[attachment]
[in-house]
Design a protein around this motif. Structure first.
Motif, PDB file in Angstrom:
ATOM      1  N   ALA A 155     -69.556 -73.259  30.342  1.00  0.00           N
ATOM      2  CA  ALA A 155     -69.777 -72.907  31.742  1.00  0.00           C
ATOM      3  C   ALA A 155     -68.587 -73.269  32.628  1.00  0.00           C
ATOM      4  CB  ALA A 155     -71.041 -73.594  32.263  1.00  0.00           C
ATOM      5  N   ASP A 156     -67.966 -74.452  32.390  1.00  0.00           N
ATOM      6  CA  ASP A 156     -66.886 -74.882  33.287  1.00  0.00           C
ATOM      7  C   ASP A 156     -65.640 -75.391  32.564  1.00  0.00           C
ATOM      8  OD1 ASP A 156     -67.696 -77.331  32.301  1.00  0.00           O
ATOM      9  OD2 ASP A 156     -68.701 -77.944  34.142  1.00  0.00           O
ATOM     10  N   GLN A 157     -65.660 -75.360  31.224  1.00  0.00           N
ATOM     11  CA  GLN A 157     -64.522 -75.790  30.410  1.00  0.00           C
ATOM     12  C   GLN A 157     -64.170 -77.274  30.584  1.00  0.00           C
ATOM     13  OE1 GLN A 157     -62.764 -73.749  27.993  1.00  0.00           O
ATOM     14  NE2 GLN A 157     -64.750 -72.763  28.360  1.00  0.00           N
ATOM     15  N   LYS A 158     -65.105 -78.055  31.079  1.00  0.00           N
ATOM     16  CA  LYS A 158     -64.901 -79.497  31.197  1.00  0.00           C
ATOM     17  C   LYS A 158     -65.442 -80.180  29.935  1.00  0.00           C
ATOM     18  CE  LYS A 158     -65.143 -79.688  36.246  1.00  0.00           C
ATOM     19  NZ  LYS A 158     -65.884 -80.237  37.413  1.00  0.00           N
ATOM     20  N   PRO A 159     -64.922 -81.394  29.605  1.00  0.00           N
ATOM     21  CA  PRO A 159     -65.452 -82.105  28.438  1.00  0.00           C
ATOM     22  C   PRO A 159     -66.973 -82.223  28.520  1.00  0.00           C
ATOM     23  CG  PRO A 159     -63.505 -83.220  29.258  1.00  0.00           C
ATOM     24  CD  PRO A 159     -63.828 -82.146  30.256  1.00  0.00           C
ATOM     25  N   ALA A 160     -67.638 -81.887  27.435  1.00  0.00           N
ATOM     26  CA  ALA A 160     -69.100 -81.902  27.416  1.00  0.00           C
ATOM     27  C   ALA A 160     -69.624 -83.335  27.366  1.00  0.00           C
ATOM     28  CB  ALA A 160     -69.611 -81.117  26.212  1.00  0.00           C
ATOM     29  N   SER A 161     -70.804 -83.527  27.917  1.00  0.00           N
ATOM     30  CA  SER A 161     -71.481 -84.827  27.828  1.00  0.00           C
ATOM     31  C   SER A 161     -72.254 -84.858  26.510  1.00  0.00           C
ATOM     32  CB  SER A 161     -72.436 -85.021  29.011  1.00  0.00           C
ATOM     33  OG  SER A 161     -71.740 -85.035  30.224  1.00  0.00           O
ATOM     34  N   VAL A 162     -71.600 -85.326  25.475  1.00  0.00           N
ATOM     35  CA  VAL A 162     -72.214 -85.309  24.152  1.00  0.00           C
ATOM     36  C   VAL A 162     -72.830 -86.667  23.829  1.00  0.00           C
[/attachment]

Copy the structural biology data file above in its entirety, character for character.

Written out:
[in-house]
Design a protein around this motif. Structure first.
Motif, PDB file in Angstrom:
ATOM      1  N   ALA A 155     -69.556 -73.259  30.342  1.00  0.00           N
ATOM      2  CA  ALA A 155     -69.777 -72.907  31.742  1.00  0.00           C
ATOM      3  C   ALA A 155     -68.587 -73.269  32.628  1.00  0.00           C
ATOM      4  CB  ALA A 155     -71.041 -73.594  32.263  1.00  0.00           C
ATOM      5  N   ASP A 156     -67.966 -74.452  32.390  1.00  0.00           N
ATOM      6  CA  ASP A 156     -66.886 -74.882  33.287  1.00  0.00           C
ATOM      7  C   ASP A 156     -65.640 -75.391  32.564  1.00  0.00           C
ATOM      8  OD1 ASP A 156     -67.696 -77.331  32.301  1.00  0.00           O
ATOM      9  OD2 ASP A 156     -68.701 -77.944  34.142  1.00  0.00           O
ATOM     10  N   GLN A 157     -65.660 -75.360  31.224  1.00  0.00           N
ATOM     11  CA  GLN A 157     -64.522 -75.790  30.410  1.00  0.00           C
ATOM     12  C   GLN A 157     -64.170 -77.274  30.584  1.00  0.00           C
ATOM     13  OE1 GLN A 157     -62.764 -73.749  27.993  1.00  0.00           O
ATOM     14  NE2 GLN A 157     -64.750 -72.763  28.360  1.00  0.00           N
ATOM     15  N   LYS A 158     -65.105 -78.055  31.079  1.00  0.00           N
ATOM     16  CA  LYS A 158     -64.901 -79.497  31.197  1.00  0.00           C
ATOM     17  C   LYS A 158     -65.442 -80.180  29.935  1.00  0.00           C
ATOM     18  CE  LYS A 158     -65.143 -79.688  36.246  1.00  0.00           C
ATOM     19  NZ  LYS A 158     -65.884 -80.237  37.413  1.00  0.00           N
ATOM     20  N   PRO A 159     -64.922 -81.394  29.605  1.00  0.00           N
ATOM     21  CA  PRO A 159     -65.452 -82.105  28.438  1.00  0.00           C
ATOM     22  C   PRO A 159     -66.973 -82.223  28.520  1.00  0.00           C
ATOM     23  CG  PRO A 159     -63.505 -83.220  29.258  1.00  0.00           C
ATOM     24  CD  PRO A 159     -63.828 -82.146  30.256  1.00  0.00           C
ATOM     25  N   ALA A 160     -67.638 -81.887  27.435  1.00  0.00           N
ATOM     26  CA  ALA A 160     -69.100 -81.902  27.416  1.00  0.00           C
ATOM     27  C   ALA A 160     -69.624 -83.335  27.366  1.00  0.00           C
ATOM     28  CB  ALA A 160     -69.611 -81.117  26.212  1.00  0.00           C
ATOM     29  N   SER A 161     -70.804 -83.527  27.917  1.00  0.00           N
ATOM     30  CA  SER A 161     -71.481 -84.827  27.828  1.00  0.00           C
ATOM     31  C   SER A 161     -72.254 -84.858  26.510  1.00  0.00           C
ATOM     32  CB  SER A 161     -72.436 -85.021  29.011  1.00  0.00           C
ATOM     33  OG  SER A 161     -71.740 -85.035  30.224  1.00  0.00           O
ATOM     34  N   VAL A 162     -71.600 -85.326  25.475  1.00  0.00           N
ATOM     35  CA  VAL A 162     -72.214 -85.309  24.152  1.00  0.00           C
ATOM     36  C   VAL A 162     -72.830 -86.667  23.829  1.00  0.00           C